Last Thursday, the Catalan Parliament passed new legislation to impose a carbon tax on any pollution-causing business activities, including the operation of polluting vehicles such as large vessels. The law follows closely behind Catalonia’s carbon tax on road vehicles introduced earlier this year.
The legislative package known as the “Climate Change Bill” comes with a clear aim: to reduce carbon emissions by 40% by 2030, 65% by 2040 and 100% by 2050.
Learn more about this groundbreaking law – the first of its kind in southern Europe.
The Cost of a Zero-Carbon Economy
Although the bill was received with a “wide political consensus” according to Minister of Territory and Sustainability Josep Rull, the consequences for businesses will be costly.
So exactly how much will this new Climate Change Bill affect businesses in terms of cost? Similar to the UK carbon tax, the rate will be around 10 euros for each tonne of carbon dioxide emitted. The tax will increase automatically every two years, eventually reaching 30 euros per tonne in 2025.
Which industries will be affected by the carbon tax?
The tax is to be imposed on heavily polluting industries such as the chemical industry, oil and gas, cement manufacturers, glass and paper factories, mining facilities, industrial meat processing, dangerous waste elimination facilities and the metallurgical industry.
It’s easy to imagine how regulations like these might put carbon-intensive industries at an unfair disadvantage, but there is cause for hope. Some are implementing aggressive energy efficiency projects that can help balance the cost of legislation like the recent Catalan Climate Change Bill.
Take the example of TACSA metallurgy, who recently managed to generate more than €100,000 in savings over the course of several months pursing energy efficiency actions in its 2 plants:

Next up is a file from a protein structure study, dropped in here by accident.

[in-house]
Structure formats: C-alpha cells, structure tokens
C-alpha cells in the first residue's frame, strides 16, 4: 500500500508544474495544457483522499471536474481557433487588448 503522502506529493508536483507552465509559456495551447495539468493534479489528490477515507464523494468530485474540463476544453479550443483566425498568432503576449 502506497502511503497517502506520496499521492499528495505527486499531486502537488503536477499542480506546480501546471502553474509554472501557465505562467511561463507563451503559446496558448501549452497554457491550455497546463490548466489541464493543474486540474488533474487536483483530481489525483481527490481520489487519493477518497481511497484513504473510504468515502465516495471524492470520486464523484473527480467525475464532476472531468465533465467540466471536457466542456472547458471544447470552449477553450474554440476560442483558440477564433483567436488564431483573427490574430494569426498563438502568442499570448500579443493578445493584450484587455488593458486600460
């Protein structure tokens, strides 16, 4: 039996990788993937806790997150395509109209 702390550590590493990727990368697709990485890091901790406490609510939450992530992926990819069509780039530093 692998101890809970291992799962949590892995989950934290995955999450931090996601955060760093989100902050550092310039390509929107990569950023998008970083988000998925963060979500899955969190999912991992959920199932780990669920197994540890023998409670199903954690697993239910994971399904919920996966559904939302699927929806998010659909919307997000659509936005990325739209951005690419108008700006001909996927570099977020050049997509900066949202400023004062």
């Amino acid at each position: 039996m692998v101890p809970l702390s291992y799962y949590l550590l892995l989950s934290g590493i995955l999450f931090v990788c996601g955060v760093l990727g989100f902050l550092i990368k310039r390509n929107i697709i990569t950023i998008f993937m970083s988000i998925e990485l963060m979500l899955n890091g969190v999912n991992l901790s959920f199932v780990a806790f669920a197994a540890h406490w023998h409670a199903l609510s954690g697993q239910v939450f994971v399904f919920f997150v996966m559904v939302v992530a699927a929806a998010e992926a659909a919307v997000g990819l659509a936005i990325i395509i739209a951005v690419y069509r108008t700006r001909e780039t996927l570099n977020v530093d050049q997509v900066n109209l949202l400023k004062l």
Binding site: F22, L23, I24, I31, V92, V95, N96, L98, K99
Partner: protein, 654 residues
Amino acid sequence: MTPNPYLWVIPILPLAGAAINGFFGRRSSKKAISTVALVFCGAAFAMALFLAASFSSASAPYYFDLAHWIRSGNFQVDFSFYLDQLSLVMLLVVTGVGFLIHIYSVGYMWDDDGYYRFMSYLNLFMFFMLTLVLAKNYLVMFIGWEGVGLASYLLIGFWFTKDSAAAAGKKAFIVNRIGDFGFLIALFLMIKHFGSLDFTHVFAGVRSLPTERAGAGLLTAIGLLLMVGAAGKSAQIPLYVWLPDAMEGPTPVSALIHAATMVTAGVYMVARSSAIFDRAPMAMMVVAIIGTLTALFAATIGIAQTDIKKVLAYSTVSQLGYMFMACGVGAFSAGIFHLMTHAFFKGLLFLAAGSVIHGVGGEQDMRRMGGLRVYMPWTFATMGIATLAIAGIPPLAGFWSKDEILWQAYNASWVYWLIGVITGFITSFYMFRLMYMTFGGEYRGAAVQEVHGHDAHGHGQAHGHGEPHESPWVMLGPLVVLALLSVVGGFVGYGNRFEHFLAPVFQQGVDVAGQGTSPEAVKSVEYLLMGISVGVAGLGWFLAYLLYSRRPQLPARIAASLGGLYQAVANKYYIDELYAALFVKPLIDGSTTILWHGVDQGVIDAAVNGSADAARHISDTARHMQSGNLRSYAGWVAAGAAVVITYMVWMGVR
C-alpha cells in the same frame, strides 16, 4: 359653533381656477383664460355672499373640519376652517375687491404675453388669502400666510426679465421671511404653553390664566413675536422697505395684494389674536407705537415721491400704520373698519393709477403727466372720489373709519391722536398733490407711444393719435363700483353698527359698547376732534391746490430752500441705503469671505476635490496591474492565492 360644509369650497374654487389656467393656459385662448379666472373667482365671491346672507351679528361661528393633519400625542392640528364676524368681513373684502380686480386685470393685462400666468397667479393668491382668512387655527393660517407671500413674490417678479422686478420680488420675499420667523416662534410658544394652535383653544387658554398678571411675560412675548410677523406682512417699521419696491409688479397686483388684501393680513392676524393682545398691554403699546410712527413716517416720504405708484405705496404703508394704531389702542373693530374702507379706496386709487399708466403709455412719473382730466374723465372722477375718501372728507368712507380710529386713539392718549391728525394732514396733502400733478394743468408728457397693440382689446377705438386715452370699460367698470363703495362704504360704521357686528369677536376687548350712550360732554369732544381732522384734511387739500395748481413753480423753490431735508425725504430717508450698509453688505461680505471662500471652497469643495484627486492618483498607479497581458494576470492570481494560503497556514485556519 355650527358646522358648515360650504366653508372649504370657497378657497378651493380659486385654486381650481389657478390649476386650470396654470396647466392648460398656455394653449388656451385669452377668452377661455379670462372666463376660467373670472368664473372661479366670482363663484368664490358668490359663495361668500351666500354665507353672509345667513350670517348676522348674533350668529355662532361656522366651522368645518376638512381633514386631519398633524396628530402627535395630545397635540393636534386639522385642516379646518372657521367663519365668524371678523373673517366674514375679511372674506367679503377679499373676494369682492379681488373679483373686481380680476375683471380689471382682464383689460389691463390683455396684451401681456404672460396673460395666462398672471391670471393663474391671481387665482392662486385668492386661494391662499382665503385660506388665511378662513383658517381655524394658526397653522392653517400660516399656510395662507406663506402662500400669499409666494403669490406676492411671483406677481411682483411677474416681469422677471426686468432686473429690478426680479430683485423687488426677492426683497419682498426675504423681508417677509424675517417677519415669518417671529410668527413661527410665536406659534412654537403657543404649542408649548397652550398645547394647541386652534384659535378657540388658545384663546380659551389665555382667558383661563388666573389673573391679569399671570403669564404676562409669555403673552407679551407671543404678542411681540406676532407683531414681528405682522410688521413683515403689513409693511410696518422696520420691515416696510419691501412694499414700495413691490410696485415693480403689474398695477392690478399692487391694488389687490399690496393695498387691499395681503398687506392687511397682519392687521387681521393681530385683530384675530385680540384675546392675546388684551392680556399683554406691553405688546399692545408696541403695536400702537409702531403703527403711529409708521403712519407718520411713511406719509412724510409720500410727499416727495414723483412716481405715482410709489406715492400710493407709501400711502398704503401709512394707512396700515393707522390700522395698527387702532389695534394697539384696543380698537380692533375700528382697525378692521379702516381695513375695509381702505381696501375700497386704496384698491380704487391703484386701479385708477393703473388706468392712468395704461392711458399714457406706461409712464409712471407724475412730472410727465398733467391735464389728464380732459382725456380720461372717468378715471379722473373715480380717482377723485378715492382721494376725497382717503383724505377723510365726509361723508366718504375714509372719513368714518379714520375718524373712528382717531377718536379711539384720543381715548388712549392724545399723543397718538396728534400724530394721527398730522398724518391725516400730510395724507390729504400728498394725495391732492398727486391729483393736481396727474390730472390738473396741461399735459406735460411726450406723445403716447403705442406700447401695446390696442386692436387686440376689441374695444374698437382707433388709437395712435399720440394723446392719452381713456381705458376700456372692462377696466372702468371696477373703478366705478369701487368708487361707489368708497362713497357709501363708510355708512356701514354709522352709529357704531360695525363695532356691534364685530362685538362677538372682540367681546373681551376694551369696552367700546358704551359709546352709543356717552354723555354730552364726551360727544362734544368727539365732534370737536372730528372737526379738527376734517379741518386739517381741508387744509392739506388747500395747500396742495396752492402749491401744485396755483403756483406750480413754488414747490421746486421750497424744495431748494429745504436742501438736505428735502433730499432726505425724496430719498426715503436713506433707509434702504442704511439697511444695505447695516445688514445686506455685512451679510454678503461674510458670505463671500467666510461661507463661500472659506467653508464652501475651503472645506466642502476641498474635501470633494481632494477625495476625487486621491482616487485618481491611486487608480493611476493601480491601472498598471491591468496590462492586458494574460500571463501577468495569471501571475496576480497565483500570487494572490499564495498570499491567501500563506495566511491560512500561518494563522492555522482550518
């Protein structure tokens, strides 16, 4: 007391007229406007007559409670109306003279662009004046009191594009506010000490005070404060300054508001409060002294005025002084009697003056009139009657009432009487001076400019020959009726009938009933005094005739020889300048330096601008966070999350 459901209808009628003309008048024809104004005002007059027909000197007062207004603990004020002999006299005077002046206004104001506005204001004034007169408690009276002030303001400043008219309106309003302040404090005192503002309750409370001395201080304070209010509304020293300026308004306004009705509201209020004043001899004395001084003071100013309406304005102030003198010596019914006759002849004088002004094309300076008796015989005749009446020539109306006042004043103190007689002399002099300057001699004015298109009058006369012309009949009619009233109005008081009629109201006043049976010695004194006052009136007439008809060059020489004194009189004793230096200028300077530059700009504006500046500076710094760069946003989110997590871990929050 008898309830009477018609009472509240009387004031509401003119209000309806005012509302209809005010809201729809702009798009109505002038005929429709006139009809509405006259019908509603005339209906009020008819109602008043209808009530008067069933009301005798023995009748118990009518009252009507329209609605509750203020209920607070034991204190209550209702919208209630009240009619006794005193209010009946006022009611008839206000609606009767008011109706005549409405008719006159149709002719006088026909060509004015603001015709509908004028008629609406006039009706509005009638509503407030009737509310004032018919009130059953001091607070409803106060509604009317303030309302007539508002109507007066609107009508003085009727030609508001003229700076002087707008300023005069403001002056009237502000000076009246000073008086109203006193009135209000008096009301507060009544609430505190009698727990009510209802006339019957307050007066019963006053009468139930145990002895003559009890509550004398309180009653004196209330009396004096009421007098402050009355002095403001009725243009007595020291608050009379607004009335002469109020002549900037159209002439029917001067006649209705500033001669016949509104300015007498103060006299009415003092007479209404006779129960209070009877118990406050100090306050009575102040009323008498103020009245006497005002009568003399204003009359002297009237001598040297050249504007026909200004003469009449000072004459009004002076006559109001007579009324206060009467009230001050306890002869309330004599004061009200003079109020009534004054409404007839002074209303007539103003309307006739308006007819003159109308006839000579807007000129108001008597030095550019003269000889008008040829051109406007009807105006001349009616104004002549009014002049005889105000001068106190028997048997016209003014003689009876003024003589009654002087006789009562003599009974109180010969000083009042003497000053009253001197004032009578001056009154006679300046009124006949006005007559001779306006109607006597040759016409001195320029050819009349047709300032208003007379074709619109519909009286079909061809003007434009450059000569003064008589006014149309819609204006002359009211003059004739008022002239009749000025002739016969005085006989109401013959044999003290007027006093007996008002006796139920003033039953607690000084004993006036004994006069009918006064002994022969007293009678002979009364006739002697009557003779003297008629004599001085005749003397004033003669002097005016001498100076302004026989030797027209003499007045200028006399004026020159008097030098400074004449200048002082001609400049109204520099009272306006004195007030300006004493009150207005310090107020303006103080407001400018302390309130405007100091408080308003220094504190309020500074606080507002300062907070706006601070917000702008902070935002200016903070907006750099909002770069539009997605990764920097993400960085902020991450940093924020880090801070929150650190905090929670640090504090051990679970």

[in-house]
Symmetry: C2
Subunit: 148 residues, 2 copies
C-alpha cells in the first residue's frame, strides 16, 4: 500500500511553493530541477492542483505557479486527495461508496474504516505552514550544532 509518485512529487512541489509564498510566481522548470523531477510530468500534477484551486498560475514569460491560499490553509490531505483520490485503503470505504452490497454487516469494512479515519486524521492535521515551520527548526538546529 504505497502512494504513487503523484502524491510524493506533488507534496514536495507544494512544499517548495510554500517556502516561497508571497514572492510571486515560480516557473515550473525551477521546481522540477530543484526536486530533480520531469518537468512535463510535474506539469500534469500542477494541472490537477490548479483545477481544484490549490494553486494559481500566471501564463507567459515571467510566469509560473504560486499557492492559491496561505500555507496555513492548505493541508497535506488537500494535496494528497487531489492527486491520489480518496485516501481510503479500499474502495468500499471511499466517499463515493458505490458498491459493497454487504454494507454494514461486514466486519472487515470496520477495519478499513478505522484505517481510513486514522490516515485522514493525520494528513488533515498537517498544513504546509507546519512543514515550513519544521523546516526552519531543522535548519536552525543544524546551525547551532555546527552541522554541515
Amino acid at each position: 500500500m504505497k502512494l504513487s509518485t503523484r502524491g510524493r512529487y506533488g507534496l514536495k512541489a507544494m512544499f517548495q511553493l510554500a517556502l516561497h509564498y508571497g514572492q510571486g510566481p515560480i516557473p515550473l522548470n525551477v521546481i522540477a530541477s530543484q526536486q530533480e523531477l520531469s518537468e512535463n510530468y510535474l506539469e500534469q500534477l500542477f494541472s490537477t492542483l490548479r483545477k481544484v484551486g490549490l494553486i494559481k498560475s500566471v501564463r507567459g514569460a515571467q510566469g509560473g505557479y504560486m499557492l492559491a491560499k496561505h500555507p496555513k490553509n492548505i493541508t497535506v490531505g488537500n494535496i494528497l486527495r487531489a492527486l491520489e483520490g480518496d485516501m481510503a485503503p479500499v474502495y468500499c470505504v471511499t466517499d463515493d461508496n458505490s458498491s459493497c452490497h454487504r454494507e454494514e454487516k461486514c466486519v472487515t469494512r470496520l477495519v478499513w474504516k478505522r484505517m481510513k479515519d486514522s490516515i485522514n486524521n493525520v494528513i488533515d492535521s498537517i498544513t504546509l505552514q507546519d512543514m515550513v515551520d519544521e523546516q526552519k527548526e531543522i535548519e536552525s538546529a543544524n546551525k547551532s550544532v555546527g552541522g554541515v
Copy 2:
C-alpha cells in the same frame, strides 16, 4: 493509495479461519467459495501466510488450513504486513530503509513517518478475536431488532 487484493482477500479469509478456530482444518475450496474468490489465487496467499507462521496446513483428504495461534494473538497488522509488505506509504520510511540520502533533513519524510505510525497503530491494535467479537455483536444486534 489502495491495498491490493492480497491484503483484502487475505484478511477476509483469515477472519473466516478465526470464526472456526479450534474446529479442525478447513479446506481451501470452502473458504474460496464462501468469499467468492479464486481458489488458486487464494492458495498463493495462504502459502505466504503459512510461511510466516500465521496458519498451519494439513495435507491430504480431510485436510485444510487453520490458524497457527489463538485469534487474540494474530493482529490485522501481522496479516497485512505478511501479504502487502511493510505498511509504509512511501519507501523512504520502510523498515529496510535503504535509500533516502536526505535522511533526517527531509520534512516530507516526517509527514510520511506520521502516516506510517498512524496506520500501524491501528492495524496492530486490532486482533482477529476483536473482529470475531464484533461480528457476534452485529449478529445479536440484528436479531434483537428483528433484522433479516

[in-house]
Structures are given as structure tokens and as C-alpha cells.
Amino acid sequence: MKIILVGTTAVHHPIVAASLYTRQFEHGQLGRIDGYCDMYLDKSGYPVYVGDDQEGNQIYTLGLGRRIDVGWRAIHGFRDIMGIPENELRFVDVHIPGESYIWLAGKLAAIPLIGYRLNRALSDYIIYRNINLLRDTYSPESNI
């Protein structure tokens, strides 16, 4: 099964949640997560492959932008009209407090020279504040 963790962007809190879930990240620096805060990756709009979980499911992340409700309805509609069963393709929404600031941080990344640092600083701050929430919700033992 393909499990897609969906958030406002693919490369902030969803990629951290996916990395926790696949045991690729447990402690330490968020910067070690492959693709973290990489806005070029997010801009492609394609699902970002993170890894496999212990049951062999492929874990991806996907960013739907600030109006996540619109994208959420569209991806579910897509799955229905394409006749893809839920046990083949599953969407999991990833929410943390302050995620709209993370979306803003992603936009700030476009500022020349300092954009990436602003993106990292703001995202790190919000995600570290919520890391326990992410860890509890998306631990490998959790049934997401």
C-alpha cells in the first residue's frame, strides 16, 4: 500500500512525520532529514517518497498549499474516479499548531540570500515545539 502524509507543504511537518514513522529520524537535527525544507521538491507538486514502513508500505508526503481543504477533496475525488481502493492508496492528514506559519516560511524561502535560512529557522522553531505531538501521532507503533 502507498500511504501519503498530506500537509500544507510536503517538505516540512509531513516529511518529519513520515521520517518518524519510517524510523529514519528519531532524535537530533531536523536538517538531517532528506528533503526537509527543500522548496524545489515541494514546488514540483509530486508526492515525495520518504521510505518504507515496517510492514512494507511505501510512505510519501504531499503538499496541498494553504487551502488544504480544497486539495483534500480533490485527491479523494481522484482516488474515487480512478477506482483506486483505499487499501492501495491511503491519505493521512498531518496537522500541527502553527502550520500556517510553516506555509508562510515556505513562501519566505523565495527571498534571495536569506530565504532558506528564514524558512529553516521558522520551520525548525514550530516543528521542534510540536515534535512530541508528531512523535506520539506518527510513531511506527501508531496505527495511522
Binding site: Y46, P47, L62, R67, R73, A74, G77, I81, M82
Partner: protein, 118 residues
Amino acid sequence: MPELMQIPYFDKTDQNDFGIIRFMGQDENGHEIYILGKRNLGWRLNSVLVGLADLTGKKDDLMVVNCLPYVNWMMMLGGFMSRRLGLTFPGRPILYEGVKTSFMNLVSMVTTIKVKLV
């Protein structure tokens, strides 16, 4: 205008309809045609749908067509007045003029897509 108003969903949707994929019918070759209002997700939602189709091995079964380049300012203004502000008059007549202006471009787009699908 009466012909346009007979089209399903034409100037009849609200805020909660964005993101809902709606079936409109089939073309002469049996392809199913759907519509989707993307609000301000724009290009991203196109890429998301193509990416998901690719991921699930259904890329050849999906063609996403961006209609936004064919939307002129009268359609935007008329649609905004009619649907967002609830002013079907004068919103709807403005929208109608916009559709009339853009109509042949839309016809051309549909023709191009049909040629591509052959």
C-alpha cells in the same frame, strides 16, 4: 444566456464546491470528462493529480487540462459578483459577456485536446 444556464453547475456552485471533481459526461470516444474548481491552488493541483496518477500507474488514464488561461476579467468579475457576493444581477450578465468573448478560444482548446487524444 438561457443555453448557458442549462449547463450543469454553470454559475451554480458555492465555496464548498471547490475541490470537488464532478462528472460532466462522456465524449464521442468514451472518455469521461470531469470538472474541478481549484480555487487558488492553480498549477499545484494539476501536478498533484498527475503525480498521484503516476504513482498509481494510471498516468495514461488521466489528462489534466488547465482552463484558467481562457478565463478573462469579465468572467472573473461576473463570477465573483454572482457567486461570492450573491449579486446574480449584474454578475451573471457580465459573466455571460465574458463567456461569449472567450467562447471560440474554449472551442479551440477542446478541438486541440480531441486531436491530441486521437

The Catalan carbon regulations will also apply to ships, who will be forced to pay around 1,000 euros for each tonne of nitrogen oxide they emit.
Next steps: Carbon tax in Catalonia
The Catalan government will now have to approve the plans for implementing the two new taxes before 1 December 2017, with the new law going into force in 2019.
Any revenue raised through these taxes is earmarked to finance a series of climate actions, including the promotion of renewable energy and energy-efficient housing. This will be achieved through 3 funds: a Climate Change Fund, a fund for Natural Heritage and a Fund for the Protection of the Atmospheric Environment. These funds are intended to support policies for climate change mitigation and adaptation, boosting renewables, fostering the self-consumption of electricity and for energy-efficient housing, as well as for sustainable mobility, water saving and the optimisation of production processes.
Catalonia also has a target of achieving a 20% share of renewable energy in its total energy consumption by 2020, so this law should help move the region closer to its climate aims.
“The struggle against climate change is not a project of the Government of Catalonia, but rather a national challenge,” said Carles Puigdemont, President of the Generalitat of Catalonia. “It is something that has a direct impact on our prosperity and the economic model on which our country is based.”
The same is true for the rest of the world – so be sure to check out our quick guide to climate and energy-related regulations worldwide